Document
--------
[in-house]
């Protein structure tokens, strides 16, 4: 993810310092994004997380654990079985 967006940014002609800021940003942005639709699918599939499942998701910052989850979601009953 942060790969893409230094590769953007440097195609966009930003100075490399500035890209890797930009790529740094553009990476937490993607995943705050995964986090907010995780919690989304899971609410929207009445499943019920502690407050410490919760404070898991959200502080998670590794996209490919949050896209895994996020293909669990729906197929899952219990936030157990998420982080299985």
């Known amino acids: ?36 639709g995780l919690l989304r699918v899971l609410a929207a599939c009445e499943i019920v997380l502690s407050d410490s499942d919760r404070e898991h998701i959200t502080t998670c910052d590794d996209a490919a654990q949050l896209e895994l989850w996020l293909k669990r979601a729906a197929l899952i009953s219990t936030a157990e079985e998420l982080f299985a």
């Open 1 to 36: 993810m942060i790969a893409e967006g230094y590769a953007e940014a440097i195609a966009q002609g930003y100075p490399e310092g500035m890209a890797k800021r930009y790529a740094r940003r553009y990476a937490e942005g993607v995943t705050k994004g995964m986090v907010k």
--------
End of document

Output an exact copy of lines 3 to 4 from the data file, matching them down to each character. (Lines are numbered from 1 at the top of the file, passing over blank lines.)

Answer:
């Known amino acids: ?36 639709g995780l919690l989304r699918v899971l609410a929207a599939c009445e499943i019920v997380l502690s407050d410490s499942d919760r404070e898991h998701i959200t502080t998670c910052d590794d996209a490919a654990q949050l896209e895994l989850w996020l293909k669990r979601a729906a197929l899952i009953s219990t936030a157990e079985e998420l982080f299985a």
């Open 1 to 36: 993810m942060i790969a893409e967006g230094y590769a953007e940014a440097i195609a966009q002609g930003y100075p490399e310092g500035m890209a890797k800021r930009y790529a740094r940003r553009y990476a937490e942005g993607v995943t705050k994004g995964m986090v907010k």